Since 1921, ICC has made various studies to translate the terms used in foreign trade into a “single and common” language. The aim here is to prevent the parties from misunderstanding each other by determining the costs, risks, and liabilities in the delivery of freight to buyers and sellers in international trade. Incoterms rules, as ICC's own terms, are included in the contracts for the sale of international goods and provide rules and guidance for importers, exporters, lawyers, shippers, insurers and international trade students. Consisting of three letter commercial terms, this set of rules regulates the duties, costs and damage to the parties in delivering the goods from the seller to the buyer.

ICC has gathered its work in books in which commercial terms are explained. While the first book consisted of 6 commercial terms in 1928, a total of 10 separate books were published in which new terms were added in parallel with the needs that emerged over the years and some of them were issued. The last book was published on October 16, 2010 and came into effect on January 1, 2011.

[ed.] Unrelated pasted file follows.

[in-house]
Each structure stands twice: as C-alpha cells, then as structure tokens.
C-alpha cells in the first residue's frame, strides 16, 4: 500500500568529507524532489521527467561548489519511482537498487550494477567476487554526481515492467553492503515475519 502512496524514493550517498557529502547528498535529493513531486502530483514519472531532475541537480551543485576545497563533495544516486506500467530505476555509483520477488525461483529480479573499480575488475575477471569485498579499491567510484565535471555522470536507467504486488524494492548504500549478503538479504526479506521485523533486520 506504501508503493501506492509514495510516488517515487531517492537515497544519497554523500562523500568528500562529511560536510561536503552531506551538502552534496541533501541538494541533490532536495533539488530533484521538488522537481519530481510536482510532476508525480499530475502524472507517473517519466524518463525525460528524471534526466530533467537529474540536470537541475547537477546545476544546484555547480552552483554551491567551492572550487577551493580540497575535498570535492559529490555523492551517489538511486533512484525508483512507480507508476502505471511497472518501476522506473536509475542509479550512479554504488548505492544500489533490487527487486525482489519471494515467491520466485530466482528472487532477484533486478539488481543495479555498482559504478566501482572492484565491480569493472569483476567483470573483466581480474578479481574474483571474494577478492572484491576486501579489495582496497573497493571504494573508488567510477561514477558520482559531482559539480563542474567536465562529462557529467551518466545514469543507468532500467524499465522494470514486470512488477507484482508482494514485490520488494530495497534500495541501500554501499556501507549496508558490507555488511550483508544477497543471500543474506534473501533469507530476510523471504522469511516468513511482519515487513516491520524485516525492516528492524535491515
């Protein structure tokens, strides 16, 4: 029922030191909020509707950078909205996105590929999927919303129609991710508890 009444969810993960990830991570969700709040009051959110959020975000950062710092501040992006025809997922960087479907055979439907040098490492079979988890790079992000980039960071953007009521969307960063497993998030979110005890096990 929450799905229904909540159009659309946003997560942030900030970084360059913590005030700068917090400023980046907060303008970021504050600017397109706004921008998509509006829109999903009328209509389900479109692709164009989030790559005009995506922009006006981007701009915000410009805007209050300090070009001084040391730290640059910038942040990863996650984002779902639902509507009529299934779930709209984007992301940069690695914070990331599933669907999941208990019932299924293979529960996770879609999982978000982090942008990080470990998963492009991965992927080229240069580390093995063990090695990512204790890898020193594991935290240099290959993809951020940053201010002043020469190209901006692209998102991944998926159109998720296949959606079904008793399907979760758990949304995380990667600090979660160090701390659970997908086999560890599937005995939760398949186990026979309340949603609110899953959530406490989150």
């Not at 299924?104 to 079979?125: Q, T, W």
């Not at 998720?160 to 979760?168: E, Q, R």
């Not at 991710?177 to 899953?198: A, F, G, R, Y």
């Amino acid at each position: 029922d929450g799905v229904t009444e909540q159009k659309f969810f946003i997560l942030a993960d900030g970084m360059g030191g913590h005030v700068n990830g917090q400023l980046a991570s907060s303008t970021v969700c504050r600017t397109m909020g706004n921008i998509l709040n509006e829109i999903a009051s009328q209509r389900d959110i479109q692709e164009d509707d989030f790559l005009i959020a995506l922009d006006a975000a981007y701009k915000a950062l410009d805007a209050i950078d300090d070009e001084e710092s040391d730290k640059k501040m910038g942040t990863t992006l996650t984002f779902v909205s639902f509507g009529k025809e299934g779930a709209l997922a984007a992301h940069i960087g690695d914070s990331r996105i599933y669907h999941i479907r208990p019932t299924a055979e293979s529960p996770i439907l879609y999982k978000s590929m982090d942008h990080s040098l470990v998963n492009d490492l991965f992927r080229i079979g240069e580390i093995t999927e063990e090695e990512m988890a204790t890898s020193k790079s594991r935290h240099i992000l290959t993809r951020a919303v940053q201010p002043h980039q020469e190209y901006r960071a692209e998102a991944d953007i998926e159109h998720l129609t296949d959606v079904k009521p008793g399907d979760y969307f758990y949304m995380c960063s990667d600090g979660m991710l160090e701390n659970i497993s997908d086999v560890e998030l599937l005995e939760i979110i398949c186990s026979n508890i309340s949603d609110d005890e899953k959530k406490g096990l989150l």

If we briefly summarize the differences of Incoterms 2010, we must first mention the change in the number of terms. By removing 4 terms in Incoterms 2010 and Incoterms 2000, 2 terms were added instead and the number of 13 terms was reduced to 11. The terms DAF, DES and DDU are replaced by DAP; The term DEQ has been replaced by DAT with a broader definition. As an example of the reasons causing the need for Incoterms 2010, we can give the need to abandon the concept of "overcoming the handrail" in the transition of damage, the introduction of the rules in domestic trade, and the need for chain sales.

* For the full publication please refer to the Turkish version.